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4. The fourth is, “adding some letters and, 6 taking away others."
5. The fifth is, “ transposing words and 6 letters." : 6. The sixth is, “ dividing one word into
two." . 7. The seventh is, “adding other words " to those that are there, in order to make “ the sense more clear, and to accommodate “ it to the subject they are upon; as, is ma“ nifeft, is done by the apostles throughout
the New Testament.”
8. The eighth is, “ changing the order of “ words; which he shews to be done in “ many places of the New Testament.”
9. The ninth is, “ changing the order of " words, and adding other words; which “ are both done by the apostles in citing « passages out of the Old Testament.”
io. The tenth is, “ changing the order of « words, adding words, and retrenching " words'; which is a method often us'd by “ Paul,
Thus by a most lucky accident of Mr. SuRENHusius's meeting and conference with a learned allegorical Rabbin, are the rules, by which the apostles cited and apply'd the Old Testament, discover'd to the world ; to which they had been for several ages loft, as has been observ'd from the rev. doctors StanHope and Jenkin, above-mention'd. Which
conference seems not; in its nature and confea quence, much unlike that between LUTHER and the devil. LUTHER reports himself to have had frequent conferences with the dem vil ; in one of which he pretends he receiv'd from him the arguments for the abolition of the sacrifice of the mass, which he urges in his book, De Abrog. Mis. Privat. The Rabbin establishes christianity ; and the devil protestantism!
X. The nature of allegorical reasoning further Sezon by application of it to several particular instances cited from the Old Testaftament and urg'd in the Neže Teftament.
ro compleat this account of the nature
1 of mystical or allegorical reasoning, I Thall conclude with showing, how my author applies some of the Theses laid down by him in his three first books to the prophesies cited above by me as not literally, but myftically fulfilld.
1. The first prophesy is contain'd in these words of Matthew, (m) all this was done, that it might be fulfill d, which was spoken by the prophet, saying, “ behold a virgin
(m) Mätt, ti 22, 23i
.“ Thall be with child, and shall bring forth a
« fon, and they shall call his name IMMA1,5 NUEL.".
Mr. SURENHUSIUS (n) obferves, that MAT. THÉW urges the quotation from the prophet, as a confirmation of what is said, 'juft before (0) by the angel to JOSEPH. As if the angel bad faid, what I have said to you “ concerning your wife Mary being with « child by the Holy Ghost, ought not to ap“ pear so wonderful and unheard of a thing “ to you ; for it was foretold of the Lord, " by the prophet Isaiah, that a virgin should “ be with child without the concurrence of “a man, whose off-spring should be callid « IMMANUEL. This passage ought not to “ have been unknown to you, but since you “ did not know it, I refer you to it, and bid " you carefully consider it, that you may * more easily apprehend the unusual concep** tion of your wife Mary, and take her “ home to you.” And he proves this to be the sense from the form of quoting. For he obferves, that the form of words “ that “ it might be fulfili'd which was spoken;" often (p) fignifies, according to the gemarićk doctors, “ that it might be confirm'd which “* is said.” So that ibe sense of the place is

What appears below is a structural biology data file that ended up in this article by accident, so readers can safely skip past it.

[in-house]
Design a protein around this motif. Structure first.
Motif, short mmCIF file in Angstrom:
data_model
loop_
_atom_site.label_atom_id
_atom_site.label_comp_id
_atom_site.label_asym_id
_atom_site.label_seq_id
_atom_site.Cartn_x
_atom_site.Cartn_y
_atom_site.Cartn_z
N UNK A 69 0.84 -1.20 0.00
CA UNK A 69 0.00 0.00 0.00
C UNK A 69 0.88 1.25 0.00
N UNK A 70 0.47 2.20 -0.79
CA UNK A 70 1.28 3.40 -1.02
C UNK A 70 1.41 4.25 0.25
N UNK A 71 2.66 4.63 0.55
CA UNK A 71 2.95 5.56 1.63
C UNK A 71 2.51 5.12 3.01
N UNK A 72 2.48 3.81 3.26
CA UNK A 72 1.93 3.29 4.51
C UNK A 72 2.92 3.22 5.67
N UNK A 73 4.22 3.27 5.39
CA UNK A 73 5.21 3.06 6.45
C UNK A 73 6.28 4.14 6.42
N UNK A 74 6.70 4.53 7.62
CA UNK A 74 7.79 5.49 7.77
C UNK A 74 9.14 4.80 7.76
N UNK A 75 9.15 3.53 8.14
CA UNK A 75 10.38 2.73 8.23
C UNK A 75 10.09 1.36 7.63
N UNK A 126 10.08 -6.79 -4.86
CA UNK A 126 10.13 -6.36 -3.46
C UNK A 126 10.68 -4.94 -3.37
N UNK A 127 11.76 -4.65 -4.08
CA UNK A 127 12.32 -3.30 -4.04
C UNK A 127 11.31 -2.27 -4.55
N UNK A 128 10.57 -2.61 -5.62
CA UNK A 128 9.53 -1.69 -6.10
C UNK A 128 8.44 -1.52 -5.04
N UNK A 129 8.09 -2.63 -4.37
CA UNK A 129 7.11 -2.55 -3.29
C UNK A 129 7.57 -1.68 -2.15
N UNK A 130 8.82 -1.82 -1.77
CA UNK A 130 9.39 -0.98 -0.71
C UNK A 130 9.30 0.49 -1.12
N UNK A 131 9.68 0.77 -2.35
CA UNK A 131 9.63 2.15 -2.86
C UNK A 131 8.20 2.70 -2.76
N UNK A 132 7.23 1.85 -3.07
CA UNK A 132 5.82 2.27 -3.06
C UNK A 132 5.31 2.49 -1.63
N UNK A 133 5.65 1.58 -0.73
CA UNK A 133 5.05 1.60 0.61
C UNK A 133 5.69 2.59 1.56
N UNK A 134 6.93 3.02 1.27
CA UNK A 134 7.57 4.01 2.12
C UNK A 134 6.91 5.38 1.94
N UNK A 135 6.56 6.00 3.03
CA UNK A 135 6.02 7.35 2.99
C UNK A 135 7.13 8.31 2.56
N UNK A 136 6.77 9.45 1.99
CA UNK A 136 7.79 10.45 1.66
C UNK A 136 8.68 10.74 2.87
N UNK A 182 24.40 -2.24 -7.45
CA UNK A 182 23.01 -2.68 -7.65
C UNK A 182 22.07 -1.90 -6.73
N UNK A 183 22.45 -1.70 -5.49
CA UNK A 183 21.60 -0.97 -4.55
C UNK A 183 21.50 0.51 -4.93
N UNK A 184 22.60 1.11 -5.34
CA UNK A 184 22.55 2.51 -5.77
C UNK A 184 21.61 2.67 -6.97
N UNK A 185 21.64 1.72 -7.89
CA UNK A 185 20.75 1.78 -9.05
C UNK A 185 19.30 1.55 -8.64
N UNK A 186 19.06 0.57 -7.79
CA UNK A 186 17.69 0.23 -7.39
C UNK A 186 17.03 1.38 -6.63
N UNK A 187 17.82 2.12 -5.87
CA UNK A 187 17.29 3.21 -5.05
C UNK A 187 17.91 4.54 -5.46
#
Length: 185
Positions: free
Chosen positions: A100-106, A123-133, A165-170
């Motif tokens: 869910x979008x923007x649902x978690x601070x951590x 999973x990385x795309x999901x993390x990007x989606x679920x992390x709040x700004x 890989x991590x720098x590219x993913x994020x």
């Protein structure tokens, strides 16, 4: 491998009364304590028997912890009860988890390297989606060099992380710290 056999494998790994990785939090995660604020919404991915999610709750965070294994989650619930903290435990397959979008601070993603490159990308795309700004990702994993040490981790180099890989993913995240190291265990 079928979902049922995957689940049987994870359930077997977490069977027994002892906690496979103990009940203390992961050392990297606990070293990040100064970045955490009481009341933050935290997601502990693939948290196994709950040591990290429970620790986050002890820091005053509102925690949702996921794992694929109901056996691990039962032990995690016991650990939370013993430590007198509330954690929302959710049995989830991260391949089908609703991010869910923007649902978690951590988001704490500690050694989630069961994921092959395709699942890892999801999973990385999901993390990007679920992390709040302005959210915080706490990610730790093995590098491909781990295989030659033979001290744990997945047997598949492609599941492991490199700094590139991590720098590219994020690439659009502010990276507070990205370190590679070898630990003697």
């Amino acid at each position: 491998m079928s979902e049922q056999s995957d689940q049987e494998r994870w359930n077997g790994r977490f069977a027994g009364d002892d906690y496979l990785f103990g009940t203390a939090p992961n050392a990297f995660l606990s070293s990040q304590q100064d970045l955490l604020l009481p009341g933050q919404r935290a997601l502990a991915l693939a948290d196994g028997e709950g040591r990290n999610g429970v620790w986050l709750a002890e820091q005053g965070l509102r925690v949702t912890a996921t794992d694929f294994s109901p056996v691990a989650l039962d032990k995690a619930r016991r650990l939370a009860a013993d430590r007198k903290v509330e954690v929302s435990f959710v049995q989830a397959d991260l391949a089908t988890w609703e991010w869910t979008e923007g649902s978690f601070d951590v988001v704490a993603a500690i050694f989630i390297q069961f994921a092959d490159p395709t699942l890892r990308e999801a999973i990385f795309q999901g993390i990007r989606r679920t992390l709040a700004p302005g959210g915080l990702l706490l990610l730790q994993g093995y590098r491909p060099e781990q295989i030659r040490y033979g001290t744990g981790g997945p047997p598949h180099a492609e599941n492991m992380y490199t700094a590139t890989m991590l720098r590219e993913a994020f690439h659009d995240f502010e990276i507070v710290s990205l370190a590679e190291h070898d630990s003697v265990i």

(n) Strenbufires, p. 150, 151. () Matt. 1. 26. (0) Thesis ada de formulis allegandi.
as if the evangelift had said, “ By this " means, by what has now happen'd in MA“ RY, is confirm'd this place of Isaiah, “ where it is foretold, that a virgin Thali “ conceive without the concurrence of a man." And he adds, that the design of the evangelist was not to oppose the Jews, and prove to them, that Jesus was the true Messias'} but to them to those, who did believe Jesus to be the true MESSIA S, how the whole divine (9) occonomy of former times, having always the Christ, as it were, in viezo, had form'd all things to resemble him. Which notion (r) my author fupposes to have prevail'd always among the Jews, and makes to be the general key, whereby to understand all the Old Testament, and especially this prophefy before us, which he explains at large by this key, as we shall see by and by. So that the reader may observe how the virgin's conception in Isaiah, as apply'd by MATTHEW, relates to the virgin Mary in an allegorical fense, viz. as a type, like all the ceremonies of the law, and the passages of history in the Old Testament, which are all deem'd types of Jesus, as representing beforehand what he was to go through and ordain ; and, in particular,
(9) 1 Pet. 1. 20. 2 Cor. 10.11. Gal. 4. Eph. c. (r) Surenkusius, p. 159, 160,.
like (s) SARAH's conception in her old age of Isaac, which by the ancients and moderns is made a type of the virgin MARY's conception of Jesus ; like (5) ABRAHAM offer ing up Isaac, which was a type of CHRIST'S being offer'd up on the cross; like (s) Isaac's carrying the wood on his shoulders, which was a type of Christ's carrying his cross; and like the (s) lifting up of the brazen sera pent in the wilderness, which was a type of Christ's being lifted up on the cross.
But this most important prophefy being, as it lies in Isaiah, and as it is referr’d to the conception of the virgin Mary, subject to very great difficulties, and much objected to by the Jews (all whose objections Mr. SurenHusius endeavours to answer and obviate at large), I shall draw the substance of what he says into an explication and defence of the whole prophesy, setting down the words of Isarah in one column, and Surenhusius's explication and defence in another.
ISAIAH 7. 1--16.
And it came to. pars in the days of Ahaz; the son of
In the days of Araz; king of Judah, Rezin king of Syria, and PE
() Lesley's Truth of Christ. demonft. p. 132, 133. Jenkin's Remarks on Whifton's Sermons, p. 54. Ib. Keasonableness of Christ. Rel. Vol. 1. p. 235.